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View Full Version : A string breaks on your ukulele



WKerrigan
05-06-2015, 01:41 PM
Do you

A) just replace that string and keep playing

Or

B) replace all four, since you are opening another set anyway?

spookelele
05-06-2015, 01:52 PM
B. if you just do 1 you don't get that new car smell

Ukejenny
05-06-2015, 02:06 PM
Depends on how long the set has been on the instrument. If it is a new set of strings, I may just replace the one, if I have one to fit.

Hippie Dribble
05-06-2015, 02:08 PM
Depends what you have on hand.

Normally I'd just replace the broken one and press on. But if you don't have the identical replica string set and find that the new string doesn't "mix" well with the others, then I'll change out all four.

The other side of the coin is the discoveries you can make by having an instrument strung with different strings. Sometimes, and pleasantly surprising, odd-bod sets can sound excellent too. It's all part of the journey I guess.

SteveZ
05-06-2015, 02:12 PM
Have so many loose strings, there almost always seems to be one available without opening a new pack.

k0k0peli
05-06-2015, 02:12 PM
If the string ends are tucked-over each other, changing any single string except the top can be a pain.

Nickie
05-06-2015, 02:20 PM
Depends....in the middle of a jam session, or open mic, I'd replace the broken one and uke on....

CeeJay
05-06-2015, 03:11 PM
Depends....in the middle of a jam session, or open mic, I'd replace the broken one and uke on....

I'm a smart arse ... I always take two ukes :nana:

Katz-in-Boots
05-06-2015, 03:53 PM
Two ukes sounds the way to go. I wouldn't bother trying to replace a string at a group, gig or jam because a) it takes too long, and b) it won't stay in tune very long.

At home is different (and what I guess the OP meant). I replace the full set unless it is a newish set anyway.

CeeJay
05-06-2015, 04:06 PM
Just the broken string at home.

Icelander53
05-07-2015, 01:54 AM
full set unless it's a low G or you have the extra single string. I've taken strings off and reused them more than once.

Inksplosive AL
05-07-2015, 08:09 AM
What a very simple question requiring a rather complex answer.

What made the string break, is it old, is there a sharp area cutting it, is it just the design of the uke or the string? I own a couple guitars and a bass along with umpteen ukuleles. If strings are new like the low G reds I tried on my Risa soprano after popping the second low G I only replaced the g string. On most instruments when a string breaks its time to replace them all.

Replace the strings if the instrument sounds dead, I wait a few days and try again some days everything sounds like crap. The old pineapple flea I bought came with the original black strings on it and they sounded great. After loosening them and stretching them back to upgrade to better friction tuners they are now pretty dead. Replace the strings if they came with the instrument.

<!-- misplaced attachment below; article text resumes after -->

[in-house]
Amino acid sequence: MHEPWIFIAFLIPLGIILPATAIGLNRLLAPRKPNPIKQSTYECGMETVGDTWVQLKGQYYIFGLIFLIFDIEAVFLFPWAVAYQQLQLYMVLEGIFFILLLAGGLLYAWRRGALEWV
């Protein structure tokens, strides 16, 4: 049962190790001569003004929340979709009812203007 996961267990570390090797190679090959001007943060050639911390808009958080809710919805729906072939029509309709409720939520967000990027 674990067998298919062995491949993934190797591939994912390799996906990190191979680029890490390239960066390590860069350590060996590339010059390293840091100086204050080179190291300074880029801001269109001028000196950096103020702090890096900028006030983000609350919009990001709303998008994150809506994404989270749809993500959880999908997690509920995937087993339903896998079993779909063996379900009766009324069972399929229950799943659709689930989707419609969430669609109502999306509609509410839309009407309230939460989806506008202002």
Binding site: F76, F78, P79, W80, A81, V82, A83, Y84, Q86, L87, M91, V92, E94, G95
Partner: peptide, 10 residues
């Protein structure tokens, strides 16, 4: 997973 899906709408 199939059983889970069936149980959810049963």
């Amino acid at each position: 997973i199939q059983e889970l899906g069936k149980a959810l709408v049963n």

My friends dad had an acoustic guitar the strings were so old and dead the tops of them were worn flat so I replaced them. Next time I saw his dad he asks me did you do something to my guitar? I shit right there as I have done nice things before to get slammed for it, wasn't my guitar shouldn't have touched it I get it and braced myself. He smiled and said it sounds like a new guitar.

Remember strings are like brooms, toothbrushes or tires they do wear and need to be replaced.

DownUpDave
05-07-2015, 09:45 AM
I thought we were going all Zen like with that question.

"If a string breaks on your ukulele"...................while in the forest and no one is around to hear it is it really out of tune?

Booli
05-07-2015, 12:47 PM
When out and about with my uke I always have a replacement string set in the case.

...if performing and it happens, that is why I always take a a backup uke (with strings already broken in and stablized) to open mic and similar, just swap to the 'other uke'...

...if at a uke jam or workshop and it happens and I will just play along with the 3 remaining strings and pretend the missing string is still there...

In any event, later on I will most likely just replace the single string unless the remainders otherwise sound dead or tubby to my ear.

The only strings that ever snapped on me were the Aquila REDS low-g, and I always bought a few extra of those, and replaced them individually when they broke....but as Inksplosive AL has said above, I will also inspect the bridge and saddle to see if something sharp has caused the breakage that needs attention before replacing the string.

k0k0peli
05-07-2015, 01:10 PM
Back in the day, I was a busker with a (ball-end) steel-string guitar, making noise on street corners until people paid me to shut up. I often broke strings, usually near the bridge because that's where I hit them with steel fingerpicks. The cost of strings then was non-trivial -- throwing on a new one every time would have left me hungry. So I kept needle-nose pliers in my pocket and left lots of leader on the tuning machines. String breaks? Quickly untune the machine and strip-out the string, run the broken end through the ball, twist it on, tighten the string and continue. Downtime: about two minutes.

Oh, you fops and wastrels, throwing away all those strings! ;) Nope, I recycled.

Broken uke strings should be even easier to deal with, as long as the break is near the bridge. Whip the string out, tie a knot in the end, and slip it back in. Easy-peasy. I'll have to try than next time I break a uke string. (Hasn't happened to me yet.)